Exporting is about to get a whole lot more complex and difficult, and British industry needs to start educating itself to succeed in the new world where each country has its own trading agreement with the UK.

When Britain shifts its focus to trade with the rest of the world rather than exporting mainly to Europe in the wake of Brexit, the number of individual transactions will soar, according to Lesley Batchelor, director general of the Institute of Export. And because each transaction costs money to process, the total cost to British industry will be enormous.

"Currently we have 90m transactions in import/export to the rest of the world every year and when we leave the EU that will rise to 300m, according to HMRC figures," she says. "The extra cost of processing all those transactions is likely to exceed £3.4 billion a year."

The UK has 90m transactions in import/export to the rest of the world every year and when we leave the EU that will rise to 300m

This includes the costs of customs clearance, which often involves expensive delays. "That means paperwork that will have to be carefully done because if it is not it will cost money, risk damage to reputation and even lost orders," Batchelor says. "We need to get the message out about how important it is to get this right if we are to be able to trade effectively in an age when people won't tolerate hold-ups."


Export education


So education is going to be vital for success in the post-Brexit world, and a wide range of courses is now available to create the expertise required at all levels, from shipping clerk to CEO.

"We do qualifications all the way from a Level 1 Diploma which is like an O level all the way to Level 5 which is equivalent to the second year of a degree, and is the entry level to a BSc course in International Trade and Logistics at Plymouth University. We also have a masters degree in collaboration with Warwick," Batchelor explains. "It is about building competence when you are trading internationally. Level 3, which is like our A-level, is for shipping clerks who are involved in the nitty-gritty, Level 4 is about the practicalities of it all and Level 5 takes you to a strategic and managerial level."

And the good news is that courses are available on the web so can be taken without interrupting careers. "We deliver everything online using our digital platform so students have their own timetable of study," Batchelor says.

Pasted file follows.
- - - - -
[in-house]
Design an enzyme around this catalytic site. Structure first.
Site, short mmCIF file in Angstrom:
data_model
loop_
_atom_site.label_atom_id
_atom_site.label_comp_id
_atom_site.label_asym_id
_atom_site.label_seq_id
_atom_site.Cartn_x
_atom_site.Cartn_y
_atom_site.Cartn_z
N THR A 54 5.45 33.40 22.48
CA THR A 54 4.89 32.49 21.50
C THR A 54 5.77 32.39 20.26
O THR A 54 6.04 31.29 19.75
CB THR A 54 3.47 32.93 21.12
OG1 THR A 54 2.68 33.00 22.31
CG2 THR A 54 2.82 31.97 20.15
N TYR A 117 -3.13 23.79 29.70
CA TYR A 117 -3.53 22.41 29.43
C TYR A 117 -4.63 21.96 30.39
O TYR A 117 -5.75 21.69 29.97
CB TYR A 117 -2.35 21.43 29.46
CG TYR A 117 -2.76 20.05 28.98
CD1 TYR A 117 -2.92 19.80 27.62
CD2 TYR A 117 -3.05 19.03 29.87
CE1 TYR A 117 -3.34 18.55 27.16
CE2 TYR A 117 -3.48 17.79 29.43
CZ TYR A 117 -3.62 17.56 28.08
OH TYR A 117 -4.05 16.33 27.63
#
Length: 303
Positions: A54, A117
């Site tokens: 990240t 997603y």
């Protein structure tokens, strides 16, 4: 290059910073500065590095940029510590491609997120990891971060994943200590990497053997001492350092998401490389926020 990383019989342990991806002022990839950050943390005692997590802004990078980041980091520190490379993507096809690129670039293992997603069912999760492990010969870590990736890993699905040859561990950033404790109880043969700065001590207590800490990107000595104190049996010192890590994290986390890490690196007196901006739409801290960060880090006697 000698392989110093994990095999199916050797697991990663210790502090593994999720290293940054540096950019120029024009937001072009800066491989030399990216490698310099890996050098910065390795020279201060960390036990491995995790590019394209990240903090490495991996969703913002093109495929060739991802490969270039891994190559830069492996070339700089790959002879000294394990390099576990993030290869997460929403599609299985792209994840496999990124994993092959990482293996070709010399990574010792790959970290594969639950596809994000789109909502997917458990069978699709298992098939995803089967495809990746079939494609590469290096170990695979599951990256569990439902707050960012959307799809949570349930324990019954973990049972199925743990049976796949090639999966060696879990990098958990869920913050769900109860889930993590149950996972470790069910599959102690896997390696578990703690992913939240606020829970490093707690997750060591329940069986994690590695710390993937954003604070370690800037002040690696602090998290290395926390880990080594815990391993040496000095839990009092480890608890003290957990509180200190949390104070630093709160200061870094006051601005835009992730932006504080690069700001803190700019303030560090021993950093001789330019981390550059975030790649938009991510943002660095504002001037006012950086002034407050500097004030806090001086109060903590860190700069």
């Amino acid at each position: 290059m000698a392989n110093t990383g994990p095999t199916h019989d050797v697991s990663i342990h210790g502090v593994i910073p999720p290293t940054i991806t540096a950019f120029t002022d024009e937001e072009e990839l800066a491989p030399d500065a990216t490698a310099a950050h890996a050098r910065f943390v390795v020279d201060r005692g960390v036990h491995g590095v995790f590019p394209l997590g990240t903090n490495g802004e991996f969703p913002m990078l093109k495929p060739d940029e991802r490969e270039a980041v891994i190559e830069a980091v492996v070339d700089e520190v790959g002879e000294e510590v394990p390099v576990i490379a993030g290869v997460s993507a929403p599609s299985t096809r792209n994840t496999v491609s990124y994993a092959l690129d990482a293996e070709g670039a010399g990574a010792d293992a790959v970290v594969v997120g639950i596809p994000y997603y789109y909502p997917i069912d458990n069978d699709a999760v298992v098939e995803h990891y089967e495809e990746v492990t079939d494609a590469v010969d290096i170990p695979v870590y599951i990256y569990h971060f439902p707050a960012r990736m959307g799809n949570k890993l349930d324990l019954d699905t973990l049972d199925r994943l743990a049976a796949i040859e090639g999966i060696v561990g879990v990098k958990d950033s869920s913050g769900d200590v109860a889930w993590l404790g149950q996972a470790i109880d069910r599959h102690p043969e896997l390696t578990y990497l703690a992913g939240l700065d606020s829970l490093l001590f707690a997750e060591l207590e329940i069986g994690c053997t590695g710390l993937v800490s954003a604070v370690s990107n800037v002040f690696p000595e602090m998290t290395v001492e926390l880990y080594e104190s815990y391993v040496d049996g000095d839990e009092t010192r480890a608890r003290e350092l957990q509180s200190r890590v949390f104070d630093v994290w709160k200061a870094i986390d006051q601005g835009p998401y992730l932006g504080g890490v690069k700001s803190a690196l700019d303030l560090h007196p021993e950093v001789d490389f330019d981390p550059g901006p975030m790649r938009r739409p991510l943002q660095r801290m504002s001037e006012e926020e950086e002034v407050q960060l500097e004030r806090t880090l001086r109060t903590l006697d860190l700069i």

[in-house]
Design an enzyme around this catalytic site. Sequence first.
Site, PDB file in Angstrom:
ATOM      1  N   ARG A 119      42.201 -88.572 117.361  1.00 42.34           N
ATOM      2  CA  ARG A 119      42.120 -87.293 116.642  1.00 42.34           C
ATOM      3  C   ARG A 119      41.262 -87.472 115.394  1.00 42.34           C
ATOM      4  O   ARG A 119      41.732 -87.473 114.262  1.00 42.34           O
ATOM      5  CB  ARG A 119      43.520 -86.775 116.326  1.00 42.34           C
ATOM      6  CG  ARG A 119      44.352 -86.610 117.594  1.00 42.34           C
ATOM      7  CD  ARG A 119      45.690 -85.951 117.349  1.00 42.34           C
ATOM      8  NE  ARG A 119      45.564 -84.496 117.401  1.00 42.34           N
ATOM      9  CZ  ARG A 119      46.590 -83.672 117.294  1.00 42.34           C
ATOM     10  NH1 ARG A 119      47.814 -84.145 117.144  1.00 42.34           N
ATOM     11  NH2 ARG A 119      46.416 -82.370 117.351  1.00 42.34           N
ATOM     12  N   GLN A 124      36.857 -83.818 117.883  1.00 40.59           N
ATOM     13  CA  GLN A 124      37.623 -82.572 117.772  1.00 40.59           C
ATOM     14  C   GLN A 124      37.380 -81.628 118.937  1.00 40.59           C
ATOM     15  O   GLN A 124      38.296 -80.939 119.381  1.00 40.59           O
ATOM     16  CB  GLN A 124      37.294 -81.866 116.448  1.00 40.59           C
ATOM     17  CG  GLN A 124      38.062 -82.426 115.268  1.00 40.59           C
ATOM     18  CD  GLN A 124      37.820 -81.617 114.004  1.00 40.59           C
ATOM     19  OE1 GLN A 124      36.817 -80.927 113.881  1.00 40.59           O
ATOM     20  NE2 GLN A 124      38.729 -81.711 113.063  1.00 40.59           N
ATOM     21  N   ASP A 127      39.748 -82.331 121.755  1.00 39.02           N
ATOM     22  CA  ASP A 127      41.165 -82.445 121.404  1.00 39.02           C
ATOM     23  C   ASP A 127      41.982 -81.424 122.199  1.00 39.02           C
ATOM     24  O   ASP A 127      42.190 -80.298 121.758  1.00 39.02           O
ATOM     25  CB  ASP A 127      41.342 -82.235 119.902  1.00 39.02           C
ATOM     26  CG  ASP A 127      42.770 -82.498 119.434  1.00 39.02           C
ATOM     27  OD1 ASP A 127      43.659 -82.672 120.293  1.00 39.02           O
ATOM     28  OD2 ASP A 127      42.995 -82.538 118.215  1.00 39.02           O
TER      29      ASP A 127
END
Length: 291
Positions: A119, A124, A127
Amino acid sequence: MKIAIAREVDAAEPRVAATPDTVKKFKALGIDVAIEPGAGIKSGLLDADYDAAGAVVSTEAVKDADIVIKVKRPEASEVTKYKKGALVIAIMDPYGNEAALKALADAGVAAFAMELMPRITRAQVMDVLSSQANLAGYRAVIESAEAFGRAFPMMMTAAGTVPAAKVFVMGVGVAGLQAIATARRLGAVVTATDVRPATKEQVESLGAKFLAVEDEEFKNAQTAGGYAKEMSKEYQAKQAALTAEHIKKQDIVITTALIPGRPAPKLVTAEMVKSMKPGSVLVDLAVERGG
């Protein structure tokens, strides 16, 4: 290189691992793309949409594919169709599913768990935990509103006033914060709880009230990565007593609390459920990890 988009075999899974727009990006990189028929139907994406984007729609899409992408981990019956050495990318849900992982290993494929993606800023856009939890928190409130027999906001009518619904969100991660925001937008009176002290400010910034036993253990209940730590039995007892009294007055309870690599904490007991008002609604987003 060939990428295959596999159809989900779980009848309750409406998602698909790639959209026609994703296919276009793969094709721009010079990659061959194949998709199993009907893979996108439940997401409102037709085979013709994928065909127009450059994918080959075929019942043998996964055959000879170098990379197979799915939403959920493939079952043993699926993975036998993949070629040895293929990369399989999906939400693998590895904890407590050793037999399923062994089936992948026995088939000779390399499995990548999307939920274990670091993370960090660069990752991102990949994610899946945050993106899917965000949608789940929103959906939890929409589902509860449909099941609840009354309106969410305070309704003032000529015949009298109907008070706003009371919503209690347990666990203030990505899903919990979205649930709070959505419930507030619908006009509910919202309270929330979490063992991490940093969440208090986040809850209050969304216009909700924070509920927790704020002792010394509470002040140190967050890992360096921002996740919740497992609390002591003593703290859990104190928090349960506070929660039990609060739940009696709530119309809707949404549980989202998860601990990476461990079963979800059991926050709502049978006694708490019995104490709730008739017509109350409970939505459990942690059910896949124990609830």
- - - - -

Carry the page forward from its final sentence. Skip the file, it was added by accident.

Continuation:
Ensuring exporters have the highest expertise and skills will be essential to compete in a world that is looking increasingly fragmented, Batchelor believes. "We seem to be moving towards protectionism but we hope governments will be persuaded to stick with globalisation because so much good has come out of it. It is important for us to understand what is going on so we can work around those invisible barriers."

One of the problems is that exporters have had it easy in the EU. "We have forgotten a lot of the basics about what is needed to trade internationally because it is so easy to do business with the EU. We want people to be really well prepared so they can get out there and do it well. That is the only way we are going to have a sustainable future."

We have forgotten a lot of the basics about what is needed to trade internationally because it is so easy to do business with the EU

To make it easier for people who may already have relevant qualifications but want to hone their expertise in specific areas, or can't take extended periods away from work, the Institute offers a wide range of short courses held around the country. These range from dealing with the complexities of sending physical 'stuff' abroad, from fundamentals such as how to handle direct and indirect exports to detailed understanding of letters of credit, customs classifications, rules of origin and all the other paperwork issues that can cause expensive delays and tax issues if done incorrectly. Courses are also available on sales technique, to generate those essential exports.

Members of the Institute also get access to a technical help line with experts who can answer difficult questions about export controls, the very intimidating Bribery Act, regulatory and compliance issues, insurance, payment terms and logistics.


Going global


The latest focus is, unsurprisingly, on markets outside the EU, including modules on exporting to Russia, China and Arabic - and Spanish speaking countries, including language skills specific to logistics. The courses also include cultural issues, those embarrassing faux pas that Brits can stumble into unawares.

Batchelor believes that exporting is the key to Britain's participation in the globalisation process that has lifted millions of people out of poverty and linked the world together to tackle world problems such as climate change.

"Openness to international markets, globalisation if you will, also spurs investment and innovation within businesses and economies as a whole," she says. "Economic integration, and through it globalisation, empowers entrepreneurs and consumers alike. They also create new incentives and opportunities for everybody involved in a modern economy."

If the government is making any missteps in its campaign to get British industry moving into markets outside the European Union, it is by implying that selling our quality goods and services round the world is a simple matter, Batchelor believes. "I would like the government to stop saying exporting is easy. I would like them to say there is lots of help to get things right. Saying it is easy sounds great but in the long run people find it is not easy and take a decision one way or another as to whether they will continue."